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About Joyce Brewer

Creator & Host of Mommy Talk Show. Emmy award-winning TV journalist.Wife & Mommy; Mom Blogger; Social Media Coach; Long Island, New York transplant living in Atlanta, GA. Follow Joyce on Twitter @MommyTalkShow Author of Use What You Know: A Business Idea Guide for Moms featuring interviews with mompreneurs who created businesses using their skills & backgrounds.

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12 comments

  1. My husband is in charge of our retirement savings and he is doing a good job – despite the fact that he’s the only one saving for it 🙂

  2. I work from home and don’t have a 401k and save on my own. I depend on my husband to invest for us and he does a good job but I need to .more for myself

  3. There is definitely a gap when you start working for yourself. You don’t have the 401K anymore. You don’t have employer matching. It’s a different ballgame.

  4. I try to keep up with what is happening with our finances. My husband definitely does a lot of it though, I could be more involved.

  5. I can’t believe a woman’s savings is that much lower! I just had my second baby, and I have been working from home. So our savings and retirement has been on my mind a lot. I can’t wait to hear your tips and strategies!

  6. I so need to plan more for my retirement. When I was in corporate I had a 401k and I know I need to still add to it!

  7. You’re so right about this financial fact when it comes to working at home, we definitely need to find a similar plan or a financial plan that will allow us to save for our retirement. I think it’s great that you had time to discuss this with professionals.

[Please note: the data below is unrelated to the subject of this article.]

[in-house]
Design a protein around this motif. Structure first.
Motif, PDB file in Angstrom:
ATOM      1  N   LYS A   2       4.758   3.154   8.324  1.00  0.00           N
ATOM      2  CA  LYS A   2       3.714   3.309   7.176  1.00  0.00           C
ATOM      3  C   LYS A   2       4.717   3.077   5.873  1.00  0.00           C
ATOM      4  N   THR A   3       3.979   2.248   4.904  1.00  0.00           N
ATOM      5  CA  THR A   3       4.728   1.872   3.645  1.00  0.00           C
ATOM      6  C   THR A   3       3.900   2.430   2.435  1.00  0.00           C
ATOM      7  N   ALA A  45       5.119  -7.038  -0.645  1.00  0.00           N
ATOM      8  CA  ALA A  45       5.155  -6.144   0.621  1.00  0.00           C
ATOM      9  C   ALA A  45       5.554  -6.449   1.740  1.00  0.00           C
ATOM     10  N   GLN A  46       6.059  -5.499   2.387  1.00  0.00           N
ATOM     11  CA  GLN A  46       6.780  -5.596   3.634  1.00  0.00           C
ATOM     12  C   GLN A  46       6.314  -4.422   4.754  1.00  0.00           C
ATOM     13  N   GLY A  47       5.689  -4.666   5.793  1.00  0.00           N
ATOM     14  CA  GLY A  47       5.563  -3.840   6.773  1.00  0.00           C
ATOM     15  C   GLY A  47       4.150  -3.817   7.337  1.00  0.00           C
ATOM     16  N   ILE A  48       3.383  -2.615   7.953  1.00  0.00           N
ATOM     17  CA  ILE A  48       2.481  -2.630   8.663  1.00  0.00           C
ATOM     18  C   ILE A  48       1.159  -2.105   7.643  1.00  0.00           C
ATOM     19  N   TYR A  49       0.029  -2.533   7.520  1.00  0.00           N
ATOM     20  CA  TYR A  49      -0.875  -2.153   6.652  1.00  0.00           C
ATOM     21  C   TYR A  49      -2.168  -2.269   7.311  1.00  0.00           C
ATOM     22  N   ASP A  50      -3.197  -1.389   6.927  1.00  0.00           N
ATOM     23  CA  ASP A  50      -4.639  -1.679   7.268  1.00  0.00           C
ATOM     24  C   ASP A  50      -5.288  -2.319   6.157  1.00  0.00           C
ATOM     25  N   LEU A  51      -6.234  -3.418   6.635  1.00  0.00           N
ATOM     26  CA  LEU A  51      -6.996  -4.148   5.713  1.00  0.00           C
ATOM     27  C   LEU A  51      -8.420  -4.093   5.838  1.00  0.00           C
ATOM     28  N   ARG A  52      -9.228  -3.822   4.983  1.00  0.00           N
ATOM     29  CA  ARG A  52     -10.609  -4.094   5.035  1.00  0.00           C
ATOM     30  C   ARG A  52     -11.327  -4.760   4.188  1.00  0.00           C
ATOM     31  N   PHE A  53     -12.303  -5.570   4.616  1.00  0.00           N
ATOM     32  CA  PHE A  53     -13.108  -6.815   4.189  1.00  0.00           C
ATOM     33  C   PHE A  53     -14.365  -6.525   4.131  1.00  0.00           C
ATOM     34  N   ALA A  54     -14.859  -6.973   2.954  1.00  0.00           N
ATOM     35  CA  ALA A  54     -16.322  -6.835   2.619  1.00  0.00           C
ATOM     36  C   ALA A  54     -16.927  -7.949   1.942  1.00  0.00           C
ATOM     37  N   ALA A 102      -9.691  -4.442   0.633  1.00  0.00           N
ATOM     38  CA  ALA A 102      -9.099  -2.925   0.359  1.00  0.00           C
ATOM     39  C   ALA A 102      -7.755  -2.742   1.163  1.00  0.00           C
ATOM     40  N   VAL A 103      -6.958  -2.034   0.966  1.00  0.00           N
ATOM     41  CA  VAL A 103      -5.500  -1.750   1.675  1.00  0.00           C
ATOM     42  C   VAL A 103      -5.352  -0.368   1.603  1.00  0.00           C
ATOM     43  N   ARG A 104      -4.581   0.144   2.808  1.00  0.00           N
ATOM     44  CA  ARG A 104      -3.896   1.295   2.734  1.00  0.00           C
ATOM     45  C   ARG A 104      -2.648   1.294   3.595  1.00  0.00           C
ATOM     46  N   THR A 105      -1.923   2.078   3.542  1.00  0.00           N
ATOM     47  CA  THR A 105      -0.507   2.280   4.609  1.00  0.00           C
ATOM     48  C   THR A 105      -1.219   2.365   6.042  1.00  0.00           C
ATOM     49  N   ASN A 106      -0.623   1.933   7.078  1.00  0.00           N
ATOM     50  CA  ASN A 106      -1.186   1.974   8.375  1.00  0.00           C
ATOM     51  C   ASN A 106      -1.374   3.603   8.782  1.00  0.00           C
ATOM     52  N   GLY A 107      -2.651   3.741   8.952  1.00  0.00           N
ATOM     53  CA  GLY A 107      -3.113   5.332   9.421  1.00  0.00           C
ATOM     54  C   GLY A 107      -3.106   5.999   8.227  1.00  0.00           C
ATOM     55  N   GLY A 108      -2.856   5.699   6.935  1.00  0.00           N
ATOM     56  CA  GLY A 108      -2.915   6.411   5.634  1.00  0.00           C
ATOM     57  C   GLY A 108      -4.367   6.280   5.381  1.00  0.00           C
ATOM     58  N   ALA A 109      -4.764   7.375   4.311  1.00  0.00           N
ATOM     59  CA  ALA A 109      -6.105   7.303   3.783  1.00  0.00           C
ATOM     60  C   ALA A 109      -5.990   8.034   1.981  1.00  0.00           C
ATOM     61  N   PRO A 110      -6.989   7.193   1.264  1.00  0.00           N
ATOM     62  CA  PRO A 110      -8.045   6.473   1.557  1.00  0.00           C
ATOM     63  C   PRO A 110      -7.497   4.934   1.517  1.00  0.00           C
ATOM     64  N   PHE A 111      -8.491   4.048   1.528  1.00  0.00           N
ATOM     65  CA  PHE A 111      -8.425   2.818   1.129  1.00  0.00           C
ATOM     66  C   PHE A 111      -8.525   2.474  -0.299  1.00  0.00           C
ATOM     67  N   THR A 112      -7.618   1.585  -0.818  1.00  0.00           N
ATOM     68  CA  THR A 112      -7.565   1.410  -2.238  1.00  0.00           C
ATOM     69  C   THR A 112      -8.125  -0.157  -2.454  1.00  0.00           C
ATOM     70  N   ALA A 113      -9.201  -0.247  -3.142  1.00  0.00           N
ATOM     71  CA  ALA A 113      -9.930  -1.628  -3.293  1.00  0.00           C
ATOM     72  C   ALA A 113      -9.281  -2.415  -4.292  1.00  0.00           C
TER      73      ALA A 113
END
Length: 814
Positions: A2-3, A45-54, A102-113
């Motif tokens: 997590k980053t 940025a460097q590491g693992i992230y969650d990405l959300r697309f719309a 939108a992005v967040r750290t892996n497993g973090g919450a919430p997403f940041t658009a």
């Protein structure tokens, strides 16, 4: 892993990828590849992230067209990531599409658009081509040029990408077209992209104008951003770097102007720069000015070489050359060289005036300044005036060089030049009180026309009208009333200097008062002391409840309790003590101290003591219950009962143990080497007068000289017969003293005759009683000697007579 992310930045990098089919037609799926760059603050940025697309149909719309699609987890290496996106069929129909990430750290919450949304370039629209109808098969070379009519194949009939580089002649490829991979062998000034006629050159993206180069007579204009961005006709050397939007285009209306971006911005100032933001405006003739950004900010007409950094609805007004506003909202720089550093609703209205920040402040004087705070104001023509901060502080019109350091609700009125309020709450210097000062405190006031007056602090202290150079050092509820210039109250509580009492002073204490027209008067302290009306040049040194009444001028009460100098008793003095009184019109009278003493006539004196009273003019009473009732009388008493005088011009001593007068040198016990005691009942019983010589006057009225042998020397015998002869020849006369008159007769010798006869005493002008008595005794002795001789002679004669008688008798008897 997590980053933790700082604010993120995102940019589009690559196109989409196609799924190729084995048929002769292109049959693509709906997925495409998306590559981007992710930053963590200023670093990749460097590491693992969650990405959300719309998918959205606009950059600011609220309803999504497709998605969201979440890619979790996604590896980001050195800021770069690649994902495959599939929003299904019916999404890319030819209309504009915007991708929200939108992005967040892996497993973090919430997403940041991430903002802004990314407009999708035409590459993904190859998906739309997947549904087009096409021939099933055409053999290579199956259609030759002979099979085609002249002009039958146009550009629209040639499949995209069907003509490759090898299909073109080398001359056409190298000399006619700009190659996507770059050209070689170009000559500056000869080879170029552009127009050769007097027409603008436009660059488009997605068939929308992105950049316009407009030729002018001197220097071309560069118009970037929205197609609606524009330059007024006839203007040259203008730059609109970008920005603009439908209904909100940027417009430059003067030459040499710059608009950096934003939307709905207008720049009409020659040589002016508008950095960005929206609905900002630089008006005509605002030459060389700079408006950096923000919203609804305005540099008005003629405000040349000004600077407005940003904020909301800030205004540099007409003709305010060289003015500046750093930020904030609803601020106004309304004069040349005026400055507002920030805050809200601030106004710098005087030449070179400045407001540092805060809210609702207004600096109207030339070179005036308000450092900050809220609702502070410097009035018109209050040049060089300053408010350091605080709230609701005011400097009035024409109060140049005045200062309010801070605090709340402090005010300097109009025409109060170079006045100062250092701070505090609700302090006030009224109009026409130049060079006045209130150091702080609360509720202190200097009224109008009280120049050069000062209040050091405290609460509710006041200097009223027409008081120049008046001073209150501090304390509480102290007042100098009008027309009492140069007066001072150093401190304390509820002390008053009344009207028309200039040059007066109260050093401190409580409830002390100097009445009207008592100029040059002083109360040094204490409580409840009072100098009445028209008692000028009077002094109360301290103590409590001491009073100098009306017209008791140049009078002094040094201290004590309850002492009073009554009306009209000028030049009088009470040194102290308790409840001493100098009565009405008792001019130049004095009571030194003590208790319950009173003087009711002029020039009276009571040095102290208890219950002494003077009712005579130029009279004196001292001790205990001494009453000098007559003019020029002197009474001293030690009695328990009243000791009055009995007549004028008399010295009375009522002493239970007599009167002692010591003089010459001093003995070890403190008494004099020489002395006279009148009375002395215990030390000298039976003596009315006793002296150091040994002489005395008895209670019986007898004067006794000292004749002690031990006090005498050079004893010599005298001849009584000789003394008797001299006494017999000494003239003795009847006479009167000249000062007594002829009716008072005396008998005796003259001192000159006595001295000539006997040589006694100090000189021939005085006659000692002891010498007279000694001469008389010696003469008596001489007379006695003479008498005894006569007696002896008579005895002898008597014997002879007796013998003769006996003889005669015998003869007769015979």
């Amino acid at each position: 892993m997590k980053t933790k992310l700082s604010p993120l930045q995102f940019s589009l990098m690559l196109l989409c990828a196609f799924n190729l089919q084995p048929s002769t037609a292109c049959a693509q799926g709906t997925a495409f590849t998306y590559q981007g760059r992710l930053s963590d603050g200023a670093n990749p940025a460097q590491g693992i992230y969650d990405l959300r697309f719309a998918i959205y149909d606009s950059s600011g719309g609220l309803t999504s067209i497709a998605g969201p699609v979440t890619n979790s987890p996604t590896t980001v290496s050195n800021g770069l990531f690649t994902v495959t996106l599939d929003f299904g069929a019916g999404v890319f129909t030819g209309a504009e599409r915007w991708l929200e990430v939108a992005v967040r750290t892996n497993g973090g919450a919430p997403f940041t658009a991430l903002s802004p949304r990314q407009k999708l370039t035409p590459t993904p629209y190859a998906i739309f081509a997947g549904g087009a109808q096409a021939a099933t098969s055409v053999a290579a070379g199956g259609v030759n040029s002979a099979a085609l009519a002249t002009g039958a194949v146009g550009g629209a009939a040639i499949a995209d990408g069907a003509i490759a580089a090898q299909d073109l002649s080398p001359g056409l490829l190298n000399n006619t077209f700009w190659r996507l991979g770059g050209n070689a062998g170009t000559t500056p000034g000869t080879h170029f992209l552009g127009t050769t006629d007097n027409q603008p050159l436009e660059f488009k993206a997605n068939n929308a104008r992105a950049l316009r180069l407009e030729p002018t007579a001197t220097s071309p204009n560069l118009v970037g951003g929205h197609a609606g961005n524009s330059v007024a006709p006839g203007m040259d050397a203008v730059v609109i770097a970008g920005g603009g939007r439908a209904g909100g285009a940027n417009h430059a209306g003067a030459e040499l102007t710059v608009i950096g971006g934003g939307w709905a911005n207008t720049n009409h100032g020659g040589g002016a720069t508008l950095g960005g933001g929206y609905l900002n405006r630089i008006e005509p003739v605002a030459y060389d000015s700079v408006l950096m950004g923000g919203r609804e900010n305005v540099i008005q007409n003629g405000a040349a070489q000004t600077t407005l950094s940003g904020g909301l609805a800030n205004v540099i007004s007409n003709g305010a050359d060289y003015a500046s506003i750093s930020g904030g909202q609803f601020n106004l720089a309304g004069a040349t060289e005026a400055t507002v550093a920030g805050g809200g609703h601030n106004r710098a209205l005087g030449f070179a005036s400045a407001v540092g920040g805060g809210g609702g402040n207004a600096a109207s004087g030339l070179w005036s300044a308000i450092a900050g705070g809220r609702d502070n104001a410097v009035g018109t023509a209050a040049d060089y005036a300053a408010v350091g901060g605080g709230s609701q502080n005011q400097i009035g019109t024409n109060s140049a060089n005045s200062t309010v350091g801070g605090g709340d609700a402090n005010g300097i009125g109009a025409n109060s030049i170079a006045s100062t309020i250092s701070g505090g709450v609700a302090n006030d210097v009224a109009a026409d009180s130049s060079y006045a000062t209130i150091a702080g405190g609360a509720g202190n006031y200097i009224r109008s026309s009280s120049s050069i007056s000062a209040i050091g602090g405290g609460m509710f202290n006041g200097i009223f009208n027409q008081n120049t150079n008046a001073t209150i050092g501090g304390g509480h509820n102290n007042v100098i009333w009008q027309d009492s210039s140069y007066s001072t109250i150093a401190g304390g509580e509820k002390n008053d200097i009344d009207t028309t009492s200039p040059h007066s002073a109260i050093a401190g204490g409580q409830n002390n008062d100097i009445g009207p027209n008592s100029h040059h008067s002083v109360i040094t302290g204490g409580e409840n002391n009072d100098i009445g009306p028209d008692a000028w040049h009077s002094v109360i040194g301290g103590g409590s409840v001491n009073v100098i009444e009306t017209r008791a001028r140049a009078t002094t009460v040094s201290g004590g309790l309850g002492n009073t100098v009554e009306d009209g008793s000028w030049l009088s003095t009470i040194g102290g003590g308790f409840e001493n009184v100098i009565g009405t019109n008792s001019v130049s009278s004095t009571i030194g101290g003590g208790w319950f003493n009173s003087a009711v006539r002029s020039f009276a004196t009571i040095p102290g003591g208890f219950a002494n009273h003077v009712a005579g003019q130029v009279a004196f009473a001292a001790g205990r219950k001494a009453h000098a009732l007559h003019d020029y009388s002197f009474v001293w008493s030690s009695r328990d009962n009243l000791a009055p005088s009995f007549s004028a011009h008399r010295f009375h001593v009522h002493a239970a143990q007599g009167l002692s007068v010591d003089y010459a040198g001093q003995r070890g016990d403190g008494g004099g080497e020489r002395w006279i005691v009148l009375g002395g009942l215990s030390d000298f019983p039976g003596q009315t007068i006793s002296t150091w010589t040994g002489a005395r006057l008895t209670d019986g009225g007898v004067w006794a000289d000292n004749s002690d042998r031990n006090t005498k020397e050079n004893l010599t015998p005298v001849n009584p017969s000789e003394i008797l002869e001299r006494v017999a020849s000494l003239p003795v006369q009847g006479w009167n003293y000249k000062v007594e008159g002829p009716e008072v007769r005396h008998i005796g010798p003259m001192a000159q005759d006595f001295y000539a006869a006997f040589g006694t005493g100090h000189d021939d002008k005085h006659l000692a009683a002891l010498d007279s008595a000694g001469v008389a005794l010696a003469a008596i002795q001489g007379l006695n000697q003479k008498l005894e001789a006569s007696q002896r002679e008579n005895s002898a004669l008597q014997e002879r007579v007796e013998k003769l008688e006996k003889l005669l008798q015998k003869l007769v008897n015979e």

8. It’s sad that we are 30% lower in savings than in men. I have also felt the hit of my retirement savings since becoming a work at home mom 10 years ago. Thankfully, my husband has a nice nest egg built up, but it would make me feel a lot better if I could contribute more to it.

  9. Working at home has its own perks and setbacks. But no worries for me because I made sure that I invest my earnings and save for retirement. Maybe the only difference is that I started working from home when two of my kids were already done with college. I had more financial freedom. I only have one more child in college and he’s into his last semester.

  10. I was concerned about this until about 15 years ago. So in my 20s there was no money and I was a contract worker for a ;lot of that time. Then I was also sick for several years with a chronic disease that wa at times acute and I spent a lot of time in hospital. No time to save for retirement then. Thankfully though since hitting 35 I have done a LOT more to invest. These are great tips. It is much harder when you freelance or work from home or hustle for a living to save and invest in retirement savings then. But I have made it a goal because I need it for my business and for my future too. It’s not optional. Also here in Canada we get a tax break/incentive to save money for retirement. So I do because also as a self employed business owner I need all the tax breaks./

  11. This was really inspiring to read. My husband works from home/owns a business and I’ve thought about making the jump to full time blogger but I’ve been kind of nervous. This was a great read!

  12. I’m so glad you are talking about this. This is something I don’t hear addressed much in the WAHM world and we all really need the resources to figure it out. Can’t wait to hear some solutions to implement. Thanks for starting this conversation.